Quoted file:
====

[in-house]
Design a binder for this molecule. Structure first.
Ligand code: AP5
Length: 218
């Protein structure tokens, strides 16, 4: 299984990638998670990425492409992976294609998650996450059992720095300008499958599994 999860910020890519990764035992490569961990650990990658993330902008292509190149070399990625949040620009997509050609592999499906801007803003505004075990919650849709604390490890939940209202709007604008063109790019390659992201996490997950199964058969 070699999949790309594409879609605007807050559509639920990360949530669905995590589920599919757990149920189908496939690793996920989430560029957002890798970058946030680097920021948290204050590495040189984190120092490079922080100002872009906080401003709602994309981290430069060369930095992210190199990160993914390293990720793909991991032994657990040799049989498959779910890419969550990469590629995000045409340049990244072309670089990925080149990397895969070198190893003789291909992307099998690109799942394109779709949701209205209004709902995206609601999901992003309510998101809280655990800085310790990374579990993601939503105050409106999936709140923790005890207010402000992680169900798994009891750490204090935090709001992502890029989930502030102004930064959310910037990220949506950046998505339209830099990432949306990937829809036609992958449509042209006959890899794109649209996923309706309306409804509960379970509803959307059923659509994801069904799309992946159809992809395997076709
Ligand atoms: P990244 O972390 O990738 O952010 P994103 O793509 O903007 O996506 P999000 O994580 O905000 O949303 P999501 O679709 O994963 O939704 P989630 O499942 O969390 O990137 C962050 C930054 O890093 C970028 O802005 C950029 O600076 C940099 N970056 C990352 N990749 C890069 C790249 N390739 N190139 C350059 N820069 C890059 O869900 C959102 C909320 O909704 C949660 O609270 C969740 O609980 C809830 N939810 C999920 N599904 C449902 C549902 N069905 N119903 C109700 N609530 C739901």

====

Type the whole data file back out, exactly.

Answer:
[in-house]
Design a binder for this molecule. Structure first.
Ligand code: AP5
Length: 218
């Protein structure tokens, strides 16, 4: 299984990638998670990425492409992976294609998650996450059992720095300008499958599994 999860910020890519990764035992490569961990650990990658993330902008292509190149070399990625949040620009997509050609592999499906801007803003505004075990919650849709604390490890939940209202709007604008063109790019390659992201996490997950199964058969 070699999949790309594409879609605007807050559509639920990360949530669905995590589920599919757990149920189908496939690793996920989430560029957002890798970058946030680097920021948290204050590495040189984190120092490079922080100002872009906080401003709602994309981290430069060369930095992210190199990160993914390293990720793909991991032994657990040799049989498959779910890419969550990469590629995000045409340049990244072309670089990925080149990397895969070198190893003789291909992307099998690109799942394109779709949701209205209004709902995206609601999901992003309510998101809280655990800085310790990374579990993601939503105050409106999936709140923790005890207010402000992680169900798994009891750490204090935090709001992502890029989930502030102004930064959310910037990220949506950046998505339209830099990432949306990937829809036609992958449509042209006959890899794109649209996923309706309306409804509960379970509803959307059923659509994801069904799309992946159809992809395997076709
Ligand atoms: P990244 O972390 O990738 O952010 P994103 O793509 O903007 O996506 P999000 O994580 O905000 O949303 P999501 O679709 O994963 O939704 P989630 O499942 O969390 O990137 C962050 C930054 O890093 C970028 O802005 C950029 O600076 C940099 N970056 C990352 N990749 C890069 C790249 N390739 N190139 C350059 N820069 C890059 O869900 C959102 C909320 O909704 C949660 O609270 C969740 O609980 C809830 N939810 C999920 N599904 C449902 C549902 N069905 N119903 C109700 N609530 C739901």